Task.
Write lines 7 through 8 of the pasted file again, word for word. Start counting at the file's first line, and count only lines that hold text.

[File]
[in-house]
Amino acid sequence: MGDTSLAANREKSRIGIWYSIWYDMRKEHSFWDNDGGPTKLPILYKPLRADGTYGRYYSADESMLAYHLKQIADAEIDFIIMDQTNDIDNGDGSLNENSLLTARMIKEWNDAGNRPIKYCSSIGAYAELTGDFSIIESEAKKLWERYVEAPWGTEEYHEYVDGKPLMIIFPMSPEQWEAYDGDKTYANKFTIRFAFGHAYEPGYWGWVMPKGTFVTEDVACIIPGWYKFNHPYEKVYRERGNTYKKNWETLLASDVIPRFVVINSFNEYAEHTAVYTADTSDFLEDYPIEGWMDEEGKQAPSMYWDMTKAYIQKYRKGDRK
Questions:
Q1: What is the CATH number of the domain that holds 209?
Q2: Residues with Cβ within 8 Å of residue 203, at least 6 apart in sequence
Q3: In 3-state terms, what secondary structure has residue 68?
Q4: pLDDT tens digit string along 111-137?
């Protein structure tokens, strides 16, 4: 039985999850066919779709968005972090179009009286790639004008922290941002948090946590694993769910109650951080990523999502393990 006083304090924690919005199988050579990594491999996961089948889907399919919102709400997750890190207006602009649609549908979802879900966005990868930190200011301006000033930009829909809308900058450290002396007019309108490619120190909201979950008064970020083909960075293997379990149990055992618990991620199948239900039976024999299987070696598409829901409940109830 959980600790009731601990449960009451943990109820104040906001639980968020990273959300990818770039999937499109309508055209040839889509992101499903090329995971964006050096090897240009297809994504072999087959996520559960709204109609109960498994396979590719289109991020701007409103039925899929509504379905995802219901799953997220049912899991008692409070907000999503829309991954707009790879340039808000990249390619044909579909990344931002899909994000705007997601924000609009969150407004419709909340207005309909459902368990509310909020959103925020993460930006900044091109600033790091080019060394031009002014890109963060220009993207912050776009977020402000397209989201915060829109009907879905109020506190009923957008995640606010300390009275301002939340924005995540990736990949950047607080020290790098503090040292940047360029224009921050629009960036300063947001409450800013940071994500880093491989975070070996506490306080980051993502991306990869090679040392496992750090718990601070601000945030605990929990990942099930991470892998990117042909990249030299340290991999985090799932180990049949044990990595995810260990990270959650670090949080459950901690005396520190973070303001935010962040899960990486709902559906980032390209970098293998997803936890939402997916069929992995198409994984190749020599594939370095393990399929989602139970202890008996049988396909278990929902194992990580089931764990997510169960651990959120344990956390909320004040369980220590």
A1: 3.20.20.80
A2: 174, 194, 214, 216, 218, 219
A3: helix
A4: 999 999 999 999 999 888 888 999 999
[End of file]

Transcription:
Q4: pLDDT tens digit string along 111-137?
């Protein structure tokens, strides 16, 4: 039985999850066919779709968005972090179009009286790639004008922290941002948090946590694993769910109650951080990523999502393990 006083304090924690919005199988050579990594491999996961089948889907399919919102709400997750890190207006602009649609549908979802879900966005990868930190200011301006000033930009829909809308900058450290002396007019309108490619120190909201979950008064970020083909960075293997379990149990055992618990991620199948239900039976024999299987070696598409829901409940109830 959980600790009731601990449960009451943990109820104040906001639980968020990273959300990818770039999937499109309508055209040839889509992101499903090329995971964006050096090897240009297809994504072999087959996520559960709204109609109960498994396979590719289109991020701007409103039925899929509504379905995802219901799953997220049912899991008692409070907000999503829309991954707009790879340039808000990249390619044909579909990344931002899909994000705007997601924000609009969150407004419709909340207005309909459902368990509310909020959103925020993460930006900044091109600033790091080019060394031009002014890109963060220009993207912050776009977020402000397209989201915060829109009907879905109020506190009923957008995640606010300390009275301002939340924005995540990736990949950047607080020290790098503090040292940047360029224009921050629009960036300063947001409450800013940071994500880093491989975070070996506490306080980051993502991306990869090679040392496992750090718990601070601000945030605990929990990942099930991470892998990117042909990249030299340290991999985090799932180990049949044990990595995810260990990270959650670090949080459950901690005396520190973070303001935010962040899960990486709902559906980032390209970098293998997803936890939402997916069929992995198409994984190749020599594939370095393990399929989602139970202890008996049988396909278990929902194992990580089931764990997510169960651990959120344990956390909320004040369980220590």